fed: Another Federal Reserve Governor’s mea culpa

This time it’s Sue Bies:  “I realize, and I think some of the other folks realize, that we probably raised rates too slowly.”


Bies said the bigger problem was lenders granting mortgages to people without the means to repay the loans. That concern fell to Bies, since she was the Fed’s point person for bank oversight.

“As regulators, we didn’t see the whole picture of how poorly the loans were being underwritten, because there’s so many regulators in this country. None of us saw the whole picture, and we didn’t tighten down enough, fast enough on it,” Bies said.

In addition, she said, there was pressure from Congress, which oversees the Fed.

“When you tighten (mortgage) standards, it tends to be the people with the lower discretionary income, lower credit scores, who tend to be denied housing. And if you’ve got people in Congress who really feel everybody ought to get a mortgage, period, then tightening those standards, they really feel you’re not allowing people to own a home,” she said.

Even if it had made them tighter, the Fed didn’t have the authority to enforce mortgage-lending standards, Bies said. Plus, she said, a lot of the problems came from small mortgage brokers, which the Fed doesn’t regulate.

“I think everybody just really lost touch with how much the underwriting of loans had deteriorated,” Bies said.

Bies said she feels “accountable” for the collapse. However, she does not feel guilty, she said, because when she looks back on it, there wasn’t any information that would have prompted her to act differently.

But read also this.

Got to love it when an official in charge of controlling prices and regulations in the market for money / credit admits the successful execution of her job was undoable as a result of a knowledge problem.  A Hayekian can’t help but respond,  “You don’t say”.

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One Response to fed: Another Federal Reserve Governor’s mea culpa

  1. Steven Bray says:

    Unfortunately, even if the Fed had been able to regulate mortgage brokers, it would have made little difference. Mortgage brokers didn’t underwrite the loans, didn’t create the funny loan programs. They simply offered them to consumers and prepared the loan packages for the lenders. It was lenders who approved all these loans – in many cases for people who really couldn’t afford them. In fact, the lenders themselves originated many of these loans. The problem with loan standards has nothing to do with the originator (whether a broker or banker). The problem is with the lender that created the loan programs and underwrote the loans and the investor class that package and sold them as gold.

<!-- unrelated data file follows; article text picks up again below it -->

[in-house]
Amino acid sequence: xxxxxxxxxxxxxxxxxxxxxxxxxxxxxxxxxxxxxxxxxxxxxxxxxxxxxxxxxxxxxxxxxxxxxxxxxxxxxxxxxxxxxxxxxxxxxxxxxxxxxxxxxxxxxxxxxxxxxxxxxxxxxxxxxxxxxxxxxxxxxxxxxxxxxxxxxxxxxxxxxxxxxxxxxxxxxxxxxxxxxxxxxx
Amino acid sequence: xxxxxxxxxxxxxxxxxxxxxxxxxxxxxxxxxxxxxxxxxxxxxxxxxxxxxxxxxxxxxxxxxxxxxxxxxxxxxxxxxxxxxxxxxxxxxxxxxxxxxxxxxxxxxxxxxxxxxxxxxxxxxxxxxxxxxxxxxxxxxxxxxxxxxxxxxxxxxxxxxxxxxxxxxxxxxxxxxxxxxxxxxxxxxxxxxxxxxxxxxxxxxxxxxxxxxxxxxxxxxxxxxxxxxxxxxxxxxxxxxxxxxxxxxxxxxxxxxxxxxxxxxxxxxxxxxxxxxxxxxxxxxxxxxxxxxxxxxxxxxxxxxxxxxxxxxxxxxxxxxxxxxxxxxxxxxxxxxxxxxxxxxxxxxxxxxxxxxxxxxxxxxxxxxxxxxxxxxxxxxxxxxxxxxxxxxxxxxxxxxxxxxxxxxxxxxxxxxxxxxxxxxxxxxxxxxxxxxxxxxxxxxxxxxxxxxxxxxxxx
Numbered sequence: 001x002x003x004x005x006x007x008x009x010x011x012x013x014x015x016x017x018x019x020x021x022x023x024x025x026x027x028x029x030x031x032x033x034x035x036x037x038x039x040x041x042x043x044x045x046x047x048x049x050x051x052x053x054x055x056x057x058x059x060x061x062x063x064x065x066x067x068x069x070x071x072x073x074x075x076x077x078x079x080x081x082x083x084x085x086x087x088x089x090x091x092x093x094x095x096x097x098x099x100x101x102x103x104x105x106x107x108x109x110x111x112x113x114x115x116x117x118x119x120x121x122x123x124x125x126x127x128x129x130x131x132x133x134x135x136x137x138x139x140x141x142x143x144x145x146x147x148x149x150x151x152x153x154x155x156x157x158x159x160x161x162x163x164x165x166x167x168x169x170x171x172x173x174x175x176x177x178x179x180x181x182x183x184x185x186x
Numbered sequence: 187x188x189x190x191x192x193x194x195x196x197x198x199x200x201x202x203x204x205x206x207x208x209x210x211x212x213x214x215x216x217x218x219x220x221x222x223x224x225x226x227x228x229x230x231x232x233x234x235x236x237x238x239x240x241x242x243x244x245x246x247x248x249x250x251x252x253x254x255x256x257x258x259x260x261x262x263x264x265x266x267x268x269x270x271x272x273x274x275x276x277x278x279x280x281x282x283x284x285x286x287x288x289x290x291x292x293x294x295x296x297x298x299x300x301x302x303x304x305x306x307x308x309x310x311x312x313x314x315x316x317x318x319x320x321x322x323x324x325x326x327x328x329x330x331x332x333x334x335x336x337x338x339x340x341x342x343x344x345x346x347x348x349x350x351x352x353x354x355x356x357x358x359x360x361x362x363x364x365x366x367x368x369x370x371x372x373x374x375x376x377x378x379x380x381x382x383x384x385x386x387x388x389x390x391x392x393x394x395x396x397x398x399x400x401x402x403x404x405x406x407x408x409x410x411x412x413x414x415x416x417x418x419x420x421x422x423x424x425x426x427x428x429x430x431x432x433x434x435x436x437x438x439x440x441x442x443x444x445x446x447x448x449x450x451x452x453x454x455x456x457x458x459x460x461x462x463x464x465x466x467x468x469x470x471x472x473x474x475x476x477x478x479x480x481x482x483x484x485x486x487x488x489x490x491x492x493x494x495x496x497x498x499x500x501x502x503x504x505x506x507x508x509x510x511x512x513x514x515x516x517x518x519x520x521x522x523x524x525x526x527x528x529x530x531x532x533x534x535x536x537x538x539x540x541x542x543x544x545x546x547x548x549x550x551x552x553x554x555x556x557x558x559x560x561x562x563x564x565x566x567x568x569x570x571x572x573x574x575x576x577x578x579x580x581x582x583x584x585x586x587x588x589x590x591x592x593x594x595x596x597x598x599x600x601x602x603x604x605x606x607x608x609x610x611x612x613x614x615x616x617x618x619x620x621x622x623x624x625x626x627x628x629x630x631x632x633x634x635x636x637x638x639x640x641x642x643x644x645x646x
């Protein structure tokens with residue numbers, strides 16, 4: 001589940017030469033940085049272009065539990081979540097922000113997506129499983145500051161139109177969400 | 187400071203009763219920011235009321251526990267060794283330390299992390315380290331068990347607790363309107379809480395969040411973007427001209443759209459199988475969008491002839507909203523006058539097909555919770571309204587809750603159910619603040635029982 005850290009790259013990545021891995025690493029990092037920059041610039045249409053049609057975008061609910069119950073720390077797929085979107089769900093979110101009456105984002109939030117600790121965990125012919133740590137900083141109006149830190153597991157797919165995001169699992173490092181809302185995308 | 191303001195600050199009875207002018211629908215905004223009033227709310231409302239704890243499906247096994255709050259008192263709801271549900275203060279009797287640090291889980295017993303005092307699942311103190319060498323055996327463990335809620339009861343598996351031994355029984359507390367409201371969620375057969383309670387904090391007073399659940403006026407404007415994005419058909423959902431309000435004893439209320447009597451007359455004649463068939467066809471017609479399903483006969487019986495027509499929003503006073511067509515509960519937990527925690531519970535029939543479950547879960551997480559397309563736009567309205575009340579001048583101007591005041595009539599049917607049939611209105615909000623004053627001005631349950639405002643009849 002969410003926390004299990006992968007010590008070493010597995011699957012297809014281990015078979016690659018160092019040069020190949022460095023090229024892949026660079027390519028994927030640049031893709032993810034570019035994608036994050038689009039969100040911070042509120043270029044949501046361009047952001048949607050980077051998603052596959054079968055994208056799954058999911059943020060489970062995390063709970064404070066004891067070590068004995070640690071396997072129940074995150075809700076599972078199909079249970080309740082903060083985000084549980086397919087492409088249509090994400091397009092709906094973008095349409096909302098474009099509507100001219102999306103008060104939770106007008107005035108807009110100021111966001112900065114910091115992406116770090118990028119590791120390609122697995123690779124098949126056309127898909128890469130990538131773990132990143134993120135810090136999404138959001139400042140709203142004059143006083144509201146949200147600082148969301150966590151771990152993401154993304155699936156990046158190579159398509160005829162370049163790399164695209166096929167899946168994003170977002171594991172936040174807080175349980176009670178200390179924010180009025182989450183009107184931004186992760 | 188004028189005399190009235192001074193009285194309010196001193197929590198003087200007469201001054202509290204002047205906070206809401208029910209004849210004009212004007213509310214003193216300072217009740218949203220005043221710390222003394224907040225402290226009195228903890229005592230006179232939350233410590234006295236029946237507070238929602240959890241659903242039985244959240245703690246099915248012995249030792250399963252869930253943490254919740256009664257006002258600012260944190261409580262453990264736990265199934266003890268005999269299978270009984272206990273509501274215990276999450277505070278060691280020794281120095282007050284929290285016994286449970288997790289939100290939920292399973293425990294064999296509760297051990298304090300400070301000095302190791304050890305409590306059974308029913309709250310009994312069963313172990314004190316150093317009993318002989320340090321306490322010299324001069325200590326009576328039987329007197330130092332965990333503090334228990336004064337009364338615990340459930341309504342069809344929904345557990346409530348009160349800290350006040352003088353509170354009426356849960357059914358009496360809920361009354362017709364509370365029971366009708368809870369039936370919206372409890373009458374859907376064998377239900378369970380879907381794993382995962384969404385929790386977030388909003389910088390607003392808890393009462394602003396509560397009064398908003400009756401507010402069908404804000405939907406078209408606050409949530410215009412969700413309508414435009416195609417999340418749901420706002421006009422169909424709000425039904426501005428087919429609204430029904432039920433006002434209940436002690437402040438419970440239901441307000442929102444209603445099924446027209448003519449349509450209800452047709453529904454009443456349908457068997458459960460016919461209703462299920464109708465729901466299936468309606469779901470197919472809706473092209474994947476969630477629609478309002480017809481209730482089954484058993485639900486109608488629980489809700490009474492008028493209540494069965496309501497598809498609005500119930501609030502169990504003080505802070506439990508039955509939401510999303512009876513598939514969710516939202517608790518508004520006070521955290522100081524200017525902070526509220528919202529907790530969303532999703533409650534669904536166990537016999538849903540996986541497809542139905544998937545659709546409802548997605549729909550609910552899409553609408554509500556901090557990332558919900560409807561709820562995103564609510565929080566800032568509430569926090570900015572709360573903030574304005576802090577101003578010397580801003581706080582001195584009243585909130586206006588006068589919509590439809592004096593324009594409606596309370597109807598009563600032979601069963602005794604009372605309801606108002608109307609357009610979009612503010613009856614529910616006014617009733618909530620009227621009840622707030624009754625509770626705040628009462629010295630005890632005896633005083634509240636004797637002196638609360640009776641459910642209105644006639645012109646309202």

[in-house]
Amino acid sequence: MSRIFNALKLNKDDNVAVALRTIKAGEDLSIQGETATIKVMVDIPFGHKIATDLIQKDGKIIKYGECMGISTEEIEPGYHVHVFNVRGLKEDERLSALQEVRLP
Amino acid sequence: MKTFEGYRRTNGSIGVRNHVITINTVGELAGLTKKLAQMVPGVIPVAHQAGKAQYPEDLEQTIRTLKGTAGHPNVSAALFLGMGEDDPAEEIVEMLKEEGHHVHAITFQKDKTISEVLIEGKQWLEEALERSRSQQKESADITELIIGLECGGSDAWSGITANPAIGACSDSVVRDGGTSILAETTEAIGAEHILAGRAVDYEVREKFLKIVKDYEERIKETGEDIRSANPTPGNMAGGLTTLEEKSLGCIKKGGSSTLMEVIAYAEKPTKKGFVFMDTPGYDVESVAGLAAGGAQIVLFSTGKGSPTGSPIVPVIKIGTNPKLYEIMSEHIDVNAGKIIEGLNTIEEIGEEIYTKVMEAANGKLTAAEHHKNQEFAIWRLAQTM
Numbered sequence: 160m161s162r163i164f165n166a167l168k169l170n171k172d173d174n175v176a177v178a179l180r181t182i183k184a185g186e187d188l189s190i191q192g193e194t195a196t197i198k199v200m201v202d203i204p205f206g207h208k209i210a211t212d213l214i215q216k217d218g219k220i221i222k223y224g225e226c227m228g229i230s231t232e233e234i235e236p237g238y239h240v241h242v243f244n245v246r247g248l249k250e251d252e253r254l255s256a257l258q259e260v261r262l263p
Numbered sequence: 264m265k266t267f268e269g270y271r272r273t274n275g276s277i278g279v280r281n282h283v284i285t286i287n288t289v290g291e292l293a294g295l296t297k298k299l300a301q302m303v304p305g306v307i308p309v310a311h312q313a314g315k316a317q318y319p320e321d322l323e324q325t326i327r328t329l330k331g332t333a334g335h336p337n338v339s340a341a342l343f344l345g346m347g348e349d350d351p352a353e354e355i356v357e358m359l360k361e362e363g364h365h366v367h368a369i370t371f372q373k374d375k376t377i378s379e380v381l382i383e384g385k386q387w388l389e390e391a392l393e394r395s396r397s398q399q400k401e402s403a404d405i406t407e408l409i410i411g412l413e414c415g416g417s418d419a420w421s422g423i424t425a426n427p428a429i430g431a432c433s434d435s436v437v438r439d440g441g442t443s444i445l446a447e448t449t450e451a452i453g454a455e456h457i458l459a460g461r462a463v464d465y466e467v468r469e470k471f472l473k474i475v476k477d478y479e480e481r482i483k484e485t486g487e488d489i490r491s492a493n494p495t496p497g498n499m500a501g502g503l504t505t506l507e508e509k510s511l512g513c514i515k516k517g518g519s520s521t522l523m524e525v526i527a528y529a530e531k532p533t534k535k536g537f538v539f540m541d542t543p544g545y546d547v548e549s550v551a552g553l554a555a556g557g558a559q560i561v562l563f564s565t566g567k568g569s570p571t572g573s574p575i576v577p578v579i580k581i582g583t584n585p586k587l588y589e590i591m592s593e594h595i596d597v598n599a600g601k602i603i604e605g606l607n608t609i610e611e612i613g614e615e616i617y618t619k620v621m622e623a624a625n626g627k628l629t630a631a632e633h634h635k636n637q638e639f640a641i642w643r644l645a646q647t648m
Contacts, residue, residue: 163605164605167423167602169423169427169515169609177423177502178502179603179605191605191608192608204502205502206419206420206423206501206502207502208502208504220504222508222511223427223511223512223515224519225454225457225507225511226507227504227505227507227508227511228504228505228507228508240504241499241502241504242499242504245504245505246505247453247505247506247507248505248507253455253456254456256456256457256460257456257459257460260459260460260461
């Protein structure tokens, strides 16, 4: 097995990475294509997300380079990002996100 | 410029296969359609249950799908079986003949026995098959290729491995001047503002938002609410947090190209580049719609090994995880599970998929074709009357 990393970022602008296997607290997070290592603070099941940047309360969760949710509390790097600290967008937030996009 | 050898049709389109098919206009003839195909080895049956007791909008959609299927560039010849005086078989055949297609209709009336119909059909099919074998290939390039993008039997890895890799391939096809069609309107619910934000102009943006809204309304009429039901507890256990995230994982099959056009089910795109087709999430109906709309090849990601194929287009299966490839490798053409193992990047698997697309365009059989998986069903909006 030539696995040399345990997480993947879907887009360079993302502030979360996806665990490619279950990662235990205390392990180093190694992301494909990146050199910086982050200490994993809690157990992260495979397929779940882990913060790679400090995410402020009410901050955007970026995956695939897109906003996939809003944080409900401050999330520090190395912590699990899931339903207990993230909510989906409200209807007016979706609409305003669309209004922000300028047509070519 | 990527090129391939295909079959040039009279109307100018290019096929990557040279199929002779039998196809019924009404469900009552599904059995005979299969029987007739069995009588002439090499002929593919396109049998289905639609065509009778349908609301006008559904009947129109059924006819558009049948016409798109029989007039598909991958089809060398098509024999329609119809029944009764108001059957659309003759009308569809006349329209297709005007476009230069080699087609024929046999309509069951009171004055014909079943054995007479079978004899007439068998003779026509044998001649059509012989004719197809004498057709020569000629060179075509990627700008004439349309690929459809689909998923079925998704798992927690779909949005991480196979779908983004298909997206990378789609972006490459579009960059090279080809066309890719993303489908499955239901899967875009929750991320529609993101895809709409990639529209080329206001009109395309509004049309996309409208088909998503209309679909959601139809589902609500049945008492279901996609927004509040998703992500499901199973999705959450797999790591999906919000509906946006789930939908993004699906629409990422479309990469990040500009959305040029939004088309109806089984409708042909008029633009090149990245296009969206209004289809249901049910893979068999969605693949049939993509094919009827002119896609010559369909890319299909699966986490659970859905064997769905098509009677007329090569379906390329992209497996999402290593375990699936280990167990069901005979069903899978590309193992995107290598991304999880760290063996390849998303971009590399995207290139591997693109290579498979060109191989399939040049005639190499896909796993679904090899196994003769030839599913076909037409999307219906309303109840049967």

Don’t get me wrong, there are bad mortgage brokers just as there as bad lawyers, bad doctors, and (certainly) bad politicians. Some of their dishonest practices included counseling people to misstate their incomes or steering people into higher cost loans for profit. It’s unfortunate that these consumers didn’t shop around for more reputable brokers. The vast majority of brokers are aghast at the behavior of the few.

    Finally, let me say that despite what passes for journalism, mortgage brokers are strongly regulated in many states – much more so than the bankers that seem to be getting a free pass in the press. In Texas, it takes 90 hours of specialized education to gain a mortgage broker’s license. We have a slew of oversight and record keeping regulations with which to contend. It’s not easy, and it is expensive. At the federal level, we are the only originators required to disclose all of our fees and income. Unfortunately, we’re also the poorest (maybe because we’re the only ones who have to disclose all our income), and we don’t have the resources to lobby the way the big banks do. As we all know, money is what matters in Washington.

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